Lawn and Order
August 24, 2014 – By: AP — (A follow-up of our August 4th Vol. XL, Art. 15 commentary, “Pitching a Ditch”) – “As California faces an historic drought, more residents are … tearing out thirsty lawns to cut down on water use. Water agencies across the state have been encouraging the change by offering thousands of dollars in rebates to help homeowners make the switch to a drought-friendly landscape with better odds of surviving dry spells common to the local climate.
“The Metropolitan Water District of Southern California, which covers 19 million people, received requests to remove 2.5 million square feet in residential lawns in July, up from 99,000 in January, said Bill McDonnell, the consortium’s water efficiency manager.
“The Municipal Water District of Orange County is taking in 20 to 30 applicants a day, up from just five a week before Gov. Jerry Brown declared a drought emergency earlier this year. ‘We are just buried right now,’ said Joe Berg, the agency’s water efficiency programs manager.
“The trend isn’t just catching on in Southern California. The Santa Clara Valley Water District, which serves Silicon Valley, received more than 1,700 requests for applications for turf removal rebates during the first six months of the year, a five-fold increase from the same period in 2013, said Marty Grimes, a district spokesman.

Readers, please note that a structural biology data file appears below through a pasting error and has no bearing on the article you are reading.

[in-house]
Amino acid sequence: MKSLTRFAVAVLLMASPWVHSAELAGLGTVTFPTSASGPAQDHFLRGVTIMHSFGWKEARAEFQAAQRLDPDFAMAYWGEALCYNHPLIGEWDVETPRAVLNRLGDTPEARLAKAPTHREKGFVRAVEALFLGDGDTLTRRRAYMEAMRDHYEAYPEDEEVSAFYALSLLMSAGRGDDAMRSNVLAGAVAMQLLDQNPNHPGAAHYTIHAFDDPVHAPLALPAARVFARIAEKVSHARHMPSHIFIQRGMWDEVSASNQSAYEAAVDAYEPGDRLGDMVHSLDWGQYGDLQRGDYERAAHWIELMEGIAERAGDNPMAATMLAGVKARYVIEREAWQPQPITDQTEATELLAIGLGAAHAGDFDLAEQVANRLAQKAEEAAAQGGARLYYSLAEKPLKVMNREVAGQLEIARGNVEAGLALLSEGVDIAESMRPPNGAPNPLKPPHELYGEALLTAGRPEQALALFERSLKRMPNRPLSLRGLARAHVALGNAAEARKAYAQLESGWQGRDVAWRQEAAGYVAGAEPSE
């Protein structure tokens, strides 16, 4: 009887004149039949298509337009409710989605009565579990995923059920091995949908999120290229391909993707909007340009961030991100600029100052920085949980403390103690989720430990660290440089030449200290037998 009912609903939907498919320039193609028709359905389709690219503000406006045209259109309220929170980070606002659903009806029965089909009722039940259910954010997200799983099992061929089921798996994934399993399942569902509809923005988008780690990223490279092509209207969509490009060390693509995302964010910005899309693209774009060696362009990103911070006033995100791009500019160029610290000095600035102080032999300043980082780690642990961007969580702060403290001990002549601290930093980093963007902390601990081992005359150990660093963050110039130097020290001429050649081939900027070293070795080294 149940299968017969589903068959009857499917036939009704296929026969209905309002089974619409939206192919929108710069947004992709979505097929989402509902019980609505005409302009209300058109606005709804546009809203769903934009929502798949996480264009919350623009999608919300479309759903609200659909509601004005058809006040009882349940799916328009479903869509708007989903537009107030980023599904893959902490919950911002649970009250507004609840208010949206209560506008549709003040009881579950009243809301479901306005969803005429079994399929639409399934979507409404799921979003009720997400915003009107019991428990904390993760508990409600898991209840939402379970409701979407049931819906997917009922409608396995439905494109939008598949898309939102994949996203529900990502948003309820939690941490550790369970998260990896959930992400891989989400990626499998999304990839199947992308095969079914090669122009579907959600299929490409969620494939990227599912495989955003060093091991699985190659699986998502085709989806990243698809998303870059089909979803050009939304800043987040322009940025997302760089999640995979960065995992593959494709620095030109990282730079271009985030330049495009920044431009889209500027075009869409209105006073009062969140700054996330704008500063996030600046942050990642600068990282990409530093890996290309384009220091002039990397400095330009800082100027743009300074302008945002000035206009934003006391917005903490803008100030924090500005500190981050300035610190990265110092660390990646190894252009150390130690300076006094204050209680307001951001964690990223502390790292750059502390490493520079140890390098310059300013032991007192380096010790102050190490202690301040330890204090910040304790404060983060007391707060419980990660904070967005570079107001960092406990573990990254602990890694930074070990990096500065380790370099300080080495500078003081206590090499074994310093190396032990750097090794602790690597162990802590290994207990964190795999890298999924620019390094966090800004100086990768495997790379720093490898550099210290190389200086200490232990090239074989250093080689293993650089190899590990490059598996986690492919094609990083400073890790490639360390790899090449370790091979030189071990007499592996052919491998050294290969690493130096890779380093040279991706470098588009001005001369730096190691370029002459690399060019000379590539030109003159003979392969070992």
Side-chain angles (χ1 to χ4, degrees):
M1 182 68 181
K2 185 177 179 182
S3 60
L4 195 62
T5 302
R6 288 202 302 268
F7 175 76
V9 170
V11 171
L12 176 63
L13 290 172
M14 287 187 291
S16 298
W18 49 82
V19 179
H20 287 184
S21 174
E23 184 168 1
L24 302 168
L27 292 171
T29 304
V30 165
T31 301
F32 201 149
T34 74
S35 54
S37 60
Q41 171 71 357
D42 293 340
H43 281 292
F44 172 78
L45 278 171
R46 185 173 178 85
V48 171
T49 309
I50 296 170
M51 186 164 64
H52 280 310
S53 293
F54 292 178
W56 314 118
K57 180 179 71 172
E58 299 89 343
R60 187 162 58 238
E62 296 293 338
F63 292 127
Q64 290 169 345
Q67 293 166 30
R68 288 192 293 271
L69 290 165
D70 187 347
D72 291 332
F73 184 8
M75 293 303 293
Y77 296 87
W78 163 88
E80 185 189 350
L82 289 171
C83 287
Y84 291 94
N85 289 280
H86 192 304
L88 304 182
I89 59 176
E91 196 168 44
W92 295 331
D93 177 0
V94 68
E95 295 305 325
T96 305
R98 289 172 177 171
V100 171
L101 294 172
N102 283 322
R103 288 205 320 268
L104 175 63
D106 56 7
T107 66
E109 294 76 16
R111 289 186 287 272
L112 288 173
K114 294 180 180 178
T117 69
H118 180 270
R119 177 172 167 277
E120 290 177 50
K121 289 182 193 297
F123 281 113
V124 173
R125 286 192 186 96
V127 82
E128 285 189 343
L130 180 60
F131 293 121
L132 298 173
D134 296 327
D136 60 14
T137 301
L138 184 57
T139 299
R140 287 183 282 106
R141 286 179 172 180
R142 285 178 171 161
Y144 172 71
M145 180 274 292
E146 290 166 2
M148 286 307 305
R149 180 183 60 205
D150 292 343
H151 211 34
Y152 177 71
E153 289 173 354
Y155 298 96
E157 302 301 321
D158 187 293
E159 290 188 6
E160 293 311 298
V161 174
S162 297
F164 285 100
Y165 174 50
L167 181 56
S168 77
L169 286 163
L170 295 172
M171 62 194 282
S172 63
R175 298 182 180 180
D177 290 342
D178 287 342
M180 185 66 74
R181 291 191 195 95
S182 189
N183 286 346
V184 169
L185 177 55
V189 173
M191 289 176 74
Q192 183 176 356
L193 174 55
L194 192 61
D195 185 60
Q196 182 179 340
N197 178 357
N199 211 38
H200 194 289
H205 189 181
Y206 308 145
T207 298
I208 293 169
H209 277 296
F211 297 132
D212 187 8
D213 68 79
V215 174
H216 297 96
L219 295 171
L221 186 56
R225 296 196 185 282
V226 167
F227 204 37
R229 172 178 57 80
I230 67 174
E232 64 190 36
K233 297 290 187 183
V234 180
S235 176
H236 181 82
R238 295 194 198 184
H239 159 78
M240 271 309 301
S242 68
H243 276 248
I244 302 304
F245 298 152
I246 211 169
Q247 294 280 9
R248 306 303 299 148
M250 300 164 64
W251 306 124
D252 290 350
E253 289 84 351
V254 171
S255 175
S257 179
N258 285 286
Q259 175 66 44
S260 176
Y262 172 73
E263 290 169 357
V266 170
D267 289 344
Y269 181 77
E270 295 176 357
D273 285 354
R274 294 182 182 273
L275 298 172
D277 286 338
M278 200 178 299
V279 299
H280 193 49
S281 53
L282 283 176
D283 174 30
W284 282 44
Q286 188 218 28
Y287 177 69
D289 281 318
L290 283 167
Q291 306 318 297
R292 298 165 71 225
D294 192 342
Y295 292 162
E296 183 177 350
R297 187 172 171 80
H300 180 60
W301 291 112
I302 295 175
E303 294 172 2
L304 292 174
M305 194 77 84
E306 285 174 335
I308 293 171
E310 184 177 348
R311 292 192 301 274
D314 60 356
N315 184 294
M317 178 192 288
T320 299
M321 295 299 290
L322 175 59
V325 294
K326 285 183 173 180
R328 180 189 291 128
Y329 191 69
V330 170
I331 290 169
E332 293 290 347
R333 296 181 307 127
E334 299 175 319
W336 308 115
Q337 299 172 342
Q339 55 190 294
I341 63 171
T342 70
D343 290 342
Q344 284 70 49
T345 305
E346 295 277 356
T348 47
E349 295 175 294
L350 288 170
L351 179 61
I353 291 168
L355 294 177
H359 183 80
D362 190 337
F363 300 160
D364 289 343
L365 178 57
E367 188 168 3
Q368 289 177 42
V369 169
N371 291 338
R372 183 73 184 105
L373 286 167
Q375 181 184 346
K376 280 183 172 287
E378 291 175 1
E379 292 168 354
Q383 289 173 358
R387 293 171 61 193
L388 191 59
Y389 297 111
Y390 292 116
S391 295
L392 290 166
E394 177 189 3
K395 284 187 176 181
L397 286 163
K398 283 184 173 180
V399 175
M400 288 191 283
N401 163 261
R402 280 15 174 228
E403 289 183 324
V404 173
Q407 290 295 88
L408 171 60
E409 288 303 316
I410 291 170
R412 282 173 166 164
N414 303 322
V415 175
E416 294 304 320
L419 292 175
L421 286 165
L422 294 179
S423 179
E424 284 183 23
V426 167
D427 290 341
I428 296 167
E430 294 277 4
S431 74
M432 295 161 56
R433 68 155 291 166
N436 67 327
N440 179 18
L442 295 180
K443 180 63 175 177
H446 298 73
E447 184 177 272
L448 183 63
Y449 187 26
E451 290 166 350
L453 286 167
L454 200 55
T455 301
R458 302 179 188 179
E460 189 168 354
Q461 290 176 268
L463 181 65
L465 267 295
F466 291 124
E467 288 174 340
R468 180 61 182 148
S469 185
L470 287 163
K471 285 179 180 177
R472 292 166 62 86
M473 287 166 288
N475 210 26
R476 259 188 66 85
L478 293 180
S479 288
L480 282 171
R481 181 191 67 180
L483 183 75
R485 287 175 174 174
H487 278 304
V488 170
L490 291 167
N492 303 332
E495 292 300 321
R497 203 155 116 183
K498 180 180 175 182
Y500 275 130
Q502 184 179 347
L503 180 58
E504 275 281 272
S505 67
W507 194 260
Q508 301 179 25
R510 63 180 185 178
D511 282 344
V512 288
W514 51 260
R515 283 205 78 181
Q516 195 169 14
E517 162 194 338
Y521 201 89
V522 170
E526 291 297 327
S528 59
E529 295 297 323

“Water officials hope the shift is more than a fad and marks the beginning of a transformation in the way residents view neighborhood landscapes. Most lawns in Southern California don’t bear greenery other than grass but water agency officials say the interest in turf removal programs – fueled in part by an increase in rebate rates – is encouraging.
“‘Twenty years from now, the ideal thing is, you take your dog for a walk in the neighborhood and the guy who has grass on his yard would be the abnormal yard,’ McDonnell said, adding that more than 21 million square feet of turf have been removed in Metropolitan’s six-county service area since the incentives began.